In Kate Chopin’s “The Storm”, sexuality and marriage form a major theme of the story. She utilizes the subject of prohibited love to tell a tale that reflects the author’s ideology. She makes use of symbols and characterization to suit her needs…
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The author develops the story themes using metaphoric characterization to express what she thinks about sexuality and marriage. The characters in the story make it possible for the author to share her opinion on sexuality and marriage in the society.
The storm brings Alcee to Calixta’s house where they engage in extramarital sex. Upon their reunion, Calixta and Alcee are nostalgic, a vivid expression of a suppressed obsession they had in their youth. Alcee gets overwhelmed with his craving for Calixta. This personifies Chopin’s opinion. She represents an oppressed woman languishing under societal cords and the bondage of her husband. When she eventually breaks away from her bondage, she discovers her happiness. In this case, Chopin expresses the opinion that marriage is an astringent ritual that engulfs free will and contentment of many couples. Alcee’s separation from his wife makes him lonely. The loneliness fuels his craving for Calixta, which leads to infidelity. They engage in immoral sexual activity, which help Alcee to forget about his loneliness.
Chopin effectively expresses her opinion about marriage and how the society view women. Calixta’s husband, Bobinot decided to stay in town and wait for the storm to calm. It can be argued that he avoids Calixta’s storm of passion....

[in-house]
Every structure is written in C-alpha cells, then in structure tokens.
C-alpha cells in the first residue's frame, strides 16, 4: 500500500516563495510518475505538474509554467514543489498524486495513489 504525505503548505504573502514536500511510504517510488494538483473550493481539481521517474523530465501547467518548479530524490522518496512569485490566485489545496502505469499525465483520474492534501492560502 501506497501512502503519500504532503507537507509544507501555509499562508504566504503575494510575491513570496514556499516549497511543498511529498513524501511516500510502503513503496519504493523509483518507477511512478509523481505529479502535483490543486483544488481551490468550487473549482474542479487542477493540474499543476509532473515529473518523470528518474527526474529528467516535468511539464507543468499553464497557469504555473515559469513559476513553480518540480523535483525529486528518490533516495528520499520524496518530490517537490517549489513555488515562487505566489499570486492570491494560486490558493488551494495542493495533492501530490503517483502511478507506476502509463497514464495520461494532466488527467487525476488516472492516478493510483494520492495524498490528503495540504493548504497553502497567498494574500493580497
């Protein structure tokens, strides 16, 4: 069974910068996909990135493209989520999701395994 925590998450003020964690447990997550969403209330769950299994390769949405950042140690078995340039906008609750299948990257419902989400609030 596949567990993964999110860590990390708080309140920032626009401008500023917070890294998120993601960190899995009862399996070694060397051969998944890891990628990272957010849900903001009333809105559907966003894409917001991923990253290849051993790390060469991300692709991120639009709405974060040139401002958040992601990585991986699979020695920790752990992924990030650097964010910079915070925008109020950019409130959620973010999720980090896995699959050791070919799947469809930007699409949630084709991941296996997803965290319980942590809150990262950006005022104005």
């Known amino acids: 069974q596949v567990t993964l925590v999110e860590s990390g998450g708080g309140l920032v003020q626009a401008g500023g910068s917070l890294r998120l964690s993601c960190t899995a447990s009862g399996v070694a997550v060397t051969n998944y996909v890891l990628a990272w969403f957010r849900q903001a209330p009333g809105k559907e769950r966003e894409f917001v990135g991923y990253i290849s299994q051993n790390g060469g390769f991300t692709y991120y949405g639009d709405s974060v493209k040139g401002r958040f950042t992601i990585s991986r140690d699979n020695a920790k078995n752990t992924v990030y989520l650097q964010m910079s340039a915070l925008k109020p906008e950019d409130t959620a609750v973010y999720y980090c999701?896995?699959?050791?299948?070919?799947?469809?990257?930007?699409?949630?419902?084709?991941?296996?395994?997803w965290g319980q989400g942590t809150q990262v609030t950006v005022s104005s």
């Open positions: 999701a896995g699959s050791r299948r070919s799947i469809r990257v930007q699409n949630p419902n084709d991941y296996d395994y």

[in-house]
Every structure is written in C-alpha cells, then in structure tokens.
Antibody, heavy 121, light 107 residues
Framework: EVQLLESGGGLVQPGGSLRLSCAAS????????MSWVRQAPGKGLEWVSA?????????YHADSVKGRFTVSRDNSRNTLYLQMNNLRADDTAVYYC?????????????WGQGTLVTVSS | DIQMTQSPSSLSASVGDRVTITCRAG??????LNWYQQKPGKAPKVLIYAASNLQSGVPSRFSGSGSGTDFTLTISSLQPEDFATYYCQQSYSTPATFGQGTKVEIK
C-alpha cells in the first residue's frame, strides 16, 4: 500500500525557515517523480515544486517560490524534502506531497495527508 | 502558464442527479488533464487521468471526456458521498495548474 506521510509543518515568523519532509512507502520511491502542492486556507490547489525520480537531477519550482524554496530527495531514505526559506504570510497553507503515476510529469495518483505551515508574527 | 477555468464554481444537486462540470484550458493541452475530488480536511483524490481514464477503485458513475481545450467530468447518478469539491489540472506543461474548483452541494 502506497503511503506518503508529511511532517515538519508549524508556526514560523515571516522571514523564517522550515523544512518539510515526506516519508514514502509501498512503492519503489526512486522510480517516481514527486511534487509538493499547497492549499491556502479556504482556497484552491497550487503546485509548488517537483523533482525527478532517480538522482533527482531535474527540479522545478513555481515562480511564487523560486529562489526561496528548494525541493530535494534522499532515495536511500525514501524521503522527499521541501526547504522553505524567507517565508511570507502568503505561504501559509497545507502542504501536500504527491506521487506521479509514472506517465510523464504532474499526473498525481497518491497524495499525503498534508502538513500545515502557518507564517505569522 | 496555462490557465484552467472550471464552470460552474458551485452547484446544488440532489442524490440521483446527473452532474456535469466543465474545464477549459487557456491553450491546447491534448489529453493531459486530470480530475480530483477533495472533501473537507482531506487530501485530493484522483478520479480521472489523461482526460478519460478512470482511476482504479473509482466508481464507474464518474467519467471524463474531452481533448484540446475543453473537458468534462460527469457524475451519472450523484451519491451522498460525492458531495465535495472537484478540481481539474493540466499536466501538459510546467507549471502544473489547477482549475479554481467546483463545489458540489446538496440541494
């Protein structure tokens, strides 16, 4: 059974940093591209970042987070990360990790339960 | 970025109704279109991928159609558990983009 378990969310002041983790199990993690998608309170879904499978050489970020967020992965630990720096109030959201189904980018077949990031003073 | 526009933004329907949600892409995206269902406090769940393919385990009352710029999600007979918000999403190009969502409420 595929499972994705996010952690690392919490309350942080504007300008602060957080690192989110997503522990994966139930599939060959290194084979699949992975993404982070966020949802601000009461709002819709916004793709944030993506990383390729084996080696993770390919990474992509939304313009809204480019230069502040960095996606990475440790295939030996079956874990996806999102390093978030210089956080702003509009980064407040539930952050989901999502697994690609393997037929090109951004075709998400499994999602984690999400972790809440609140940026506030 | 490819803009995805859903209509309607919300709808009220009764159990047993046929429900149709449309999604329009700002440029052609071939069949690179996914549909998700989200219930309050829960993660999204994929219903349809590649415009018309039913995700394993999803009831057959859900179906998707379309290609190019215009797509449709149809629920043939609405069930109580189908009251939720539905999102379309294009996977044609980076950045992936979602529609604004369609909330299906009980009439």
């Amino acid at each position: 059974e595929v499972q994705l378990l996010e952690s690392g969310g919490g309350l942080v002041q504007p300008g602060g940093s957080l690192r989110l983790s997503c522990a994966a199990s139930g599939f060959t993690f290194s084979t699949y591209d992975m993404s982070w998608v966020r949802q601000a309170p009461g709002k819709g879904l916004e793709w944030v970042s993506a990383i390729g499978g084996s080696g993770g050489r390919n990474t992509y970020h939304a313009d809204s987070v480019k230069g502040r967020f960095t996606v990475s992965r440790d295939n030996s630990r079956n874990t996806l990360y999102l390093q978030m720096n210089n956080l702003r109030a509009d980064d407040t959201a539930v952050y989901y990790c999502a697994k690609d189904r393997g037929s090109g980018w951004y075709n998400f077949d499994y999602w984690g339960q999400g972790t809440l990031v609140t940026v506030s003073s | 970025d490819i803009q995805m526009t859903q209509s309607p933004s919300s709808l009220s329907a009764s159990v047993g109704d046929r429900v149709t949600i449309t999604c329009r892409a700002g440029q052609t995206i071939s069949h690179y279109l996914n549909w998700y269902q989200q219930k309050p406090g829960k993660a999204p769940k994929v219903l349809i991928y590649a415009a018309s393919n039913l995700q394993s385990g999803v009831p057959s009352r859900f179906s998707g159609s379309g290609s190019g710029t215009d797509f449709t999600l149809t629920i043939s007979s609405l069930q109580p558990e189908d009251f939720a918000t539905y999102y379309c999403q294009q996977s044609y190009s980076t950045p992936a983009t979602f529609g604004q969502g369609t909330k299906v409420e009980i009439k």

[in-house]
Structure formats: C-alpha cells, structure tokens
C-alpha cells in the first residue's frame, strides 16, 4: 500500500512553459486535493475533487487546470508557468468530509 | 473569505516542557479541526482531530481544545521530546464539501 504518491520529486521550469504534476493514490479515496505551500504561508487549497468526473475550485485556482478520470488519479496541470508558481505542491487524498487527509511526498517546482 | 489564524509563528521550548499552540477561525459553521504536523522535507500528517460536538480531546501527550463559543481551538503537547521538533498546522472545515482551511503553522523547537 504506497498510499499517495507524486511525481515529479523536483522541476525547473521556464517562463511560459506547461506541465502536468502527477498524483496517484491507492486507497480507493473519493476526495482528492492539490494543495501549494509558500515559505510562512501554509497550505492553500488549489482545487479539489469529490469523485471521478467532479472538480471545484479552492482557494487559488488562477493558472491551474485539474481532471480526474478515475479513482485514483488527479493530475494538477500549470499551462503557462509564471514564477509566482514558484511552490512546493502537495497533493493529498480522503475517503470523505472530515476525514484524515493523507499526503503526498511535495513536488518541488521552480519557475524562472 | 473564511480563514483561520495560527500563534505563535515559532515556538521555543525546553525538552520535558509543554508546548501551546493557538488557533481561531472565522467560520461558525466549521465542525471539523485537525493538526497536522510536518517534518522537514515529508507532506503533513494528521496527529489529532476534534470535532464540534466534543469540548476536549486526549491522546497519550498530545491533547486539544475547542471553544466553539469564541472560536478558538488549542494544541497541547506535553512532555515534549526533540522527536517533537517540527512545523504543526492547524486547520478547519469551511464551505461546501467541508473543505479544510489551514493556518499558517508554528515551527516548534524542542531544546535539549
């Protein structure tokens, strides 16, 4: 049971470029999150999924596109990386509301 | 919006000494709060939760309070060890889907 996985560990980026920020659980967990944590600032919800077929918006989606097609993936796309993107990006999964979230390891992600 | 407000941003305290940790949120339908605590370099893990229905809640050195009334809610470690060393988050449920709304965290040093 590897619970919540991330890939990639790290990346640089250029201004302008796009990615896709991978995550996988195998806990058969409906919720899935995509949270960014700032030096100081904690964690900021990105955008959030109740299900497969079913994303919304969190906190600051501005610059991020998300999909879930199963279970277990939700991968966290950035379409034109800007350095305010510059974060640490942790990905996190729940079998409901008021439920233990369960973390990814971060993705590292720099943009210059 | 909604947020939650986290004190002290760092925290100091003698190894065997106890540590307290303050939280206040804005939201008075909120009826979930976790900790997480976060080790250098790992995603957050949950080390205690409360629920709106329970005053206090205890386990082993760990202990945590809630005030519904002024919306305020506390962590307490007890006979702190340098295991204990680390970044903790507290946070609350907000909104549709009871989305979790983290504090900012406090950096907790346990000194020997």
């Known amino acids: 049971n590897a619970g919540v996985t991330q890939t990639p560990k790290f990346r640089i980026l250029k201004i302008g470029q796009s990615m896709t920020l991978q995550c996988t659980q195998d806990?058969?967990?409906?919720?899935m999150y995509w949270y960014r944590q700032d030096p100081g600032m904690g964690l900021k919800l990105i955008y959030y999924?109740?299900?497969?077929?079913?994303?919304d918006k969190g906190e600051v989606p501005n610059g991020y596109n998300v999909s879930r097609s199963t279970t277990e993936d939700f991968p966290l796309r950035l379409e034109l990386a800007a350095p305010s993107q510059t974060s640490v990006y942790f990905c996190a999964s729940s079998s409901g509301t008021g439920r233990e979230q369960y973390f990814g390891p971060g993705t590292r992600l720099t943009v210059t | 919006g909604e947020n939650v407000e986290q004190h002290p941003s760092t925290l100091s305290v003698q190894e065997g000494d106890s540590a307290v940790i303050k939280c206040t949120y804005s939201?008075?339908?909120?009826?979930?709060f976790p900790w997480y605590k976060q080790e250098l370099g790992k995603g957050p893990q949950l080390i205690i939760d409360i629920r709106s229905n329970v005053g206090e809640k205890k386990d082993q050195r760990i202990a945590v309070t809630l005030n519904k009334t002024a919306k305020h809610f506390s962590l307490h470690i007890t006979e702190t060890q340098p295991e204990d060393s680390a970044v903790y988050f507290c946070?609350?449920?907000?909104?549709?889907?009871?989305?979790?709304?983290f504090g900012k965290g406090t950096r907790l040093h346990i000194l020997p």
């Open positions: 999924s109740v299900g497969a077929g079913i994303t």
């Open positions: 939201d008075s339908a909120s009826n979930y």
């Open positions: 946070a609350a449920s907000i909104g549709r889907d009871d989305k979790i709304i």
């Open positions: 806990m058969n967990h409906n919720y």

This is a clear indication that she suffers from sexual repression. The reader learns about the position of women in marriage and the entire society. The author succeeds in relating natural storm with the one looming inside Calixta when Alcee goes to her home to seek refuge from the storm. “The storm “reflects the Calixta’s subdued sexual feeling, which finally erupts, making her to break away from marriage repression and community decorum. Calixta finally becomes happy when the storm ceases. The happiness reflects when the author talks about the sun “turning the glistening green world into a palace of gems” (Farca, 120). Chopin’s characters, Bobi and Bobinot are unaware of the incident in their home at the time they are caged in town by the storm. Bobi catalyzes the exposure of the nature of relationship between Bobinot and Calixta. Every mention of Bobi by Bobinot brings Calixta into the picture shading more light into the affair between her and her husband. Bobinot is a stereotype husband, who is never there for his wife when she needs her and chains her according to his desires. However, he also portrays a figure held in bondage by marriage when he says that Calixta will get mad when she discovers the mess in Bobi’s clothes. He purchases Calixta’s favorite meal with a notion that it would appease her for his delay to arrive home from the store. Despite the fact that Clarisse is never given enough attention, she reveals Alcee’s lonely life. The reader gets to know through her that Alcee is separated from his wife by his work. Funnily, the loneliness in Alcee’s life does not mirror in Clarisse’s life. In fact, she feels liberated by the separation. The separation gives her room to go after her interests and socialize with her